Thursday, 3 February 2011

Tales from Argentina – The Dressmaker (Part 4 of 5)

Link to "The Dressmaker" Part 1 - Early Struggles:            Click HERE
Link to "The Dressmaker" Part 2 - Pastures New:             Click HERE
Link to "The Dressmaker" Part 3 - Doña Sol's daughter:  Click HERE

The Struggles Return

For Doña Sol the good times came to an end in early 1949.  Juliette was close to giving birth to her first child when Don Pedro died suddenly on New Year’s Day of an excess of festive spirit.  He had grown in corpulence over the years, and particularly enjoyed the round of socialising over the Christmas and New Year period.  Unfortunately his heart didn’t. 

The doctor who attended at his bedside knew the Quintana family and was aware of the irregular situation in which Don Pedro found himself, and after certifying his death he alerted the Quintanas.  The law in Argentina is strict on the matter of the burial of the dead – it must be carried out within 24 hours.  So when several hours later there was a knock on the door and two men said they had come to collect the body, she let them in presuming them to be from the funeral parlour.  They weren’t.  The men who stood before her were Don Pedro’s sons.  

They removed his body and told her curtly that she was most definitely not invited to the funeral, and neither was her daughter.  She never heard from the family again, or found out where he had been buried, though it was reasonable to suppose that he would join the family pantheon at the Recoleta, the Catholic cemetery for the well-to-do in downtown Buenos Aires. 

Juliette’s little son Tomás was born 10 days later. 

Fortunately, from a practical point of view Doña Sol’s talents were unaffected by these sad events, and with her established clientele it made little difference.  Her workload if anything became heavier, and there were weddings where she made the dresses for the bride, her mother, the bridesmaids and various other female guests - up to seven on one occasion, and without help from assistants, with whose services she had dispensed some years earlier.  She continued in the flat for the next 25 years until it was evident that she could no longer live alone. 

In the meantime Juliette’s life had taken many knocks.  She had a second son, Martín, and tragedy struck when her sons were 2 and 4.  Her husband went out one day to buy cigarettes, and never returned.  She learned later that he was alive and well, but just did not wish to have the responsibility of a family any longer.  Perhaps it was this aspect of his character which old Don Pedro had sensed when he had objected to her marrying him.  Certainly there were parallels with his own history.  The boys did not see their father again until they were teenagers.

At first life was a desperate struggle – there was no social welfare system in the country at that time for someone in her situation.  Her young sons unwittingly gave her the strength to carry on; they stood staunchly by her and when they went out together it was noticed that they unconsciously surrounded her as if they were her bodyguards.   She got by giving English lessons, and scrimped and saved. 

And there was a happy ending.  A few years later she met Fernando, a gentle, wise and deeply caring man with endless patience who truly understood the pain these three generations had suffered. 

When my friend knew them in the 60’s she found them to be a happy and lively family who loved to argue.  They all held passionate opinions about everything, and while the old lady Doña Sol, Juliette and the boys would snipe back and forth and either break into laughter or storm off in a huff, gentle Fernando’s quiet voice would every so often reduce them all to silence with his exquisitely timed common sense summary of the situation.  With a word he could make them all slow down and think about what they were saying; it was a joy to watch.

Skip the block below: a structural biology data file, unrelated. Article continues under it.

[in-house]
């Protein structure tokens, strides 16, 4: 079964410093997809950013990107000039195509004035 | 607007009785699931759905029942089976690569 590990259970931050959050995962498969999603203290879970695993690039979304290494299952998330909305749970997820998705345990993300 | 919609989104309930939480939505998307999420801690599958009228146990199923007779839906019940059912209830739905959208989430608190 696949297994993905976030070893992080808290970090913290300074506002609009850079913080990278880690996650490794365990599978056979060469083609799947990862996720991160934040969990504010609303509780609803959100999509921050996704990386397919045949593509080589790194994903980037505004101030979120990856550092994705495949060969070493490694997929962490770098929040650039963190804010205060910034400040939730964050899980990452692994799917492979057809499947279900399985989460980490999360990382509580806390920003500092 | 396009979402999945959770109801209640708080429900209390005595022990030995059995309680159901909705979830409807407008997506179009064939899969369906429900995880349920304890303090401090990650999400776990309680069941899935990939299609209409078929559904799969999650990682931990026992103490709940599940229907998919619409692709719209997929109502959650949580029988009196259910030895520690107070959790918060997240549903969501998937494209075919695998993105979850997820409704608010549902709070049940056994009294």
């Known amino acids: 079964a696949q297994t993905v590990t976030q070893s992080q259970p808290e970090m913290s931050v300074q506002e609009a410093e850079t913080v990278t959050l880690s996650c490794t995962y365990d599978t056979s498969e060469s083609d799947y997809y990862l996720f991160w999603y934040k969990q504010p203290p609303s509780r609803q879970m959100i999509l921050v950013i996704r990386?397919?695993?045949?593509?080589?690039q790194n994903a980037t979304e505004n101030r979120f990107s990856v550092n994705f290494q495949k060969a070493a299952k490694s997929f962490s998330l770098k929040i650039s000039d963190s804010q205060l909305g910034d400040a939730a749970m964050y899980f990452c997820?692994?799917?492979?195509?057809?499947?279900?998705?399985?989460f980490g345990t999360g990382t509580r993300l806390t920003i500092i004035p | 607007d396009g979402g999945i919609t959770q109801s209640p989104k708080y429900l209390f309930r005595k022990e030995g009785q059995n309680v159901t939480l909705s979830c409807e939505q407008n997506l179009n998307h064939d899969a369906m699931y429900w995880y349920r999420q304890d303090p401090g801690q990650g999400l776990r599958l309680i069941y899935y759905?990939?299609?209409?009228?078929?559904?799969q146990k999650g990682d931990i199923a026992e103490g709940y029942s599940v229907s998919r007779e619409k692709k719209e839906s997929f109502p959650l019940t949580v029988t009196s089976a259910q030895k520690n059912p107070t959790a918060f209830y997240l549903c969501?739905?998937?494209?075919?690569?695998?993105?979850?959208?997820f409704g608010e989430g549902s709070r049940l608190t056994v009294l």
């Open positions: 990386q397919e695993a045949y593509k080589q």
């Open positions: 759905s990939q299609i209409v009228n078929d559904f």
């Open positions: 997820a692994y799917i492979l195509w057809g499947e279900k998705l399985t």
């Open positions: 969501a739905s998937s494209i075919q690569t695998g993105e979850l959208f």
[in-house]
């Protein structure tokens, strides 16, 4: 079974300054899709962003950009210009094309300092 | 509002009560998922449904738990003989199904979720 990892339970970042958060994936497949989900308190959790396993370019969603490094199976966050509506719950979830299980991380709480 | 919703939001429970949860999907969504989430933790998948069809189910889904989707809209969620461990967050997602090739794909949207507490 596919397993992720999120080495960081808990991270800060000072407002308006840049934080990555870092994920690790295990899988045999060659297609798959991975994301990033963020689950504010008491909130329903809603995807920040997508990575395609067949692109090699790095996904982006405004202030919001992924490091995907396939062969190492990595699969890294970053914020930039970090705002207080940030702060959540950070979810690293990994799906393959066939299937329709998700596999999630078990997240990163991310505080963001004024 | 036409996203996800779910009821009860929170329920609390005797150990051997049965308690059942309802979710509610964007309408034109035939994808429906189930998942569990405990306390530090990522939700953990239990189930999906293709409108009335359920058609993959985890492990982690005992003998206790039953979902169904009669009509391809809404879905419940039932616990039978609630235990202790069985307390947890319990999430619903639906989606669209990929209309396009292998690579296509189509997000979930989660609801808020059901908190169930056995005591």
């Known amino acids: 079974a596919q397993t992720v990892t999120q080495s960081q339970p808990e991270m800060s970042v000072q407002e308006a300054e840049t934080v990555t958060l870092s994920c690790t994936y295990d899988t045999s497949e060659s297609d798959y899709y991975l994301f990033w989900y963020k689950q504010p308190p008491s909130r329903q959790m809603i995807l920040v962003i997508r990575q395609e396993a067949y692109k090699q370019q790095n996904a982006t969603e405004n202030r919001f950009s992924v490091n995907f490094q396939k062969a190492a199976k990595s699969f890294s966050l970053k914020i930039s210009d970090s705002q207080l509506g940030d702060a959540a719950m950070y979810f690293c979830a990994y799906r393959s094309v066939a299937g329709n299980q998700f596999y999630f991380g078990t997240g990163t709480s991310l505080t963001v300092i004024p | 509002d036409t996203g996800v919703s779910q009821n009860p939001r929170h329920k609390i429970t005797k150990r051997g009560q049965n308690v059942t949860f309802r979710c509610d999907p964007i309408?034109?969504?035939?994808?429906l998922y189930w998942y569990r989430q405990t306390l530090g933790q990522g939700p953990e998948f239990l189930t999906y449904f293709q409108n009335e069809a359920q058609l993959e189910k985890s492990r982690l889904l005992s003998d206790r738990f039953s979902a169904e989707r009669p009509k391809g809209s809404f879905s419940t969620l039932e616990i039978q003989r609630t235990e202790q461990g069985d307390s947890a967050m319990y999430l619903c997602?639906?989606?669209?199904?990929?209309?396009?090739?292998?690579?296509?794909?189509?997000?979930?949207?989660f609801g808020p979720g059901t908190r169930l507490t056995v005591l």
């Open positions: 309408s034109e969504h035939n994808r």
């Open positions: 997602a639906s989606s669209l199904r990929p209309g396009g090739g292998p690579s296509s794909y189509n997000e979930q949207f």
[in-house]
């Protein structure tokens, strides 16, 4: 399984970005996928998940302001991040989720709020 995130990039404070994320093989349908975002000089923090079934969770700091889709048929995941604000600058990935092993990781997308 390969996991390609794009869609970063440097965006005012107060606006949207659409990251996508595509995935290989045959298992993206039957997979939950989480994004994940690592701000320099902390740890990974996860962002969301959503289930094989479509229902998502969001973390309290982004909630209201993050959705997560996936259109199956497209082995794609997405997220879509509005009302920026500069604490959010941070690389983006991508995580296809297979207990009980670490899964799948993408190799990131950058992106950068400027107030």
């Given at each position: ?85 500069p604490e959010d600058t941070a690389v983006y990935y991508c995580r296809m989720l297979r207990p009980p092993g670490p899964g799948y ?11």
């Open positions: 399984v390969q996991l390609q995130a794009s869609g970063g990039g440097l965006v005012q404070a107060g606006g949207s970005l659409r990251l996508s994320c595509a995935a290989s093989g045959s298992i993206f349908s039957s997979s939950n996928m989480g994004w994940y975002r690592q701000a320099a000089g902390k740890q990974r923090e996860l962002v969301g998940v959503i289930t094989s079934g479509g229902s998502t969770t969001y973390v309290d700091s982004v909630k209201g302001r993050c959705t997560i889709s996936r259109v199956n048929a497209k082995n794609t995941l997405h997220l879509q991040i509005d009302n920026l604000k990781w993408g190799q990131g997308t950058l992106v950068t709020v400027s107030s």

She told me that if they were gathered together in some public place – a restaurant, or perhaps an ice-cream parlour, Doña Sol and Juliette would comment to each other about the garments worn by the unknown women around them.  From babyhood Juliette had absorbed the concepts of style, colour, fabric and quality of cut, and their comments were invariably unfavourable on a scale from negative to scathing - 

Doña Sol:  Look at the blouse on that woman!

Friend:  Lovely colour...

Juliette: (impatient click of tongue) That’s the least of it.  Just look at those shoulders, they’ve been cut all WRONG.

Doña S:  (dismissive wave) They’ve tried to cut the material on the cross, clearly didn’t have a CLUE.

Juliette:  And that dress on your left, it’s TERRIBLE.

Friend:  She’s a bit heavy to be wearing that style...

Doña S:  Oh, she’s as fat as a cow.  It needed a fuller cut under the bodice.

Juliette:  And the COLOURS!  She looks like a set of traffic lights.

(The names and some of the places have been changed.  All images in the main post are from Google images)

Part 5 (final):  The summing up


Photo Finish:
from Lonicera's non-digital archives

Exmoor - Lorna Doone Country

Robber's Bridge

The stream looking normal...

Argh! How it looks after fiddling about with filters...
(I refer to the filters on the lens, at the time of shooting the
picture, involving about 5 exposures with a different coloured
filter each time - a laborious process to go through
just for a laugh...)

...whereas this one was achieved on the computer by clicking
a button - and in fact is my favourite of the three.

A freezing cold morning,
with pretty icy pictures to be found by a stream...

...which I had underexposed and they remained in the slide box
for nearly 15 years - until I scanned them onto my computer
and gave them light - and life.

Very grainy film, but I like the subtlety of the colours.

Link to Part 5:  Click HERE
Back to the top:  Click HERE


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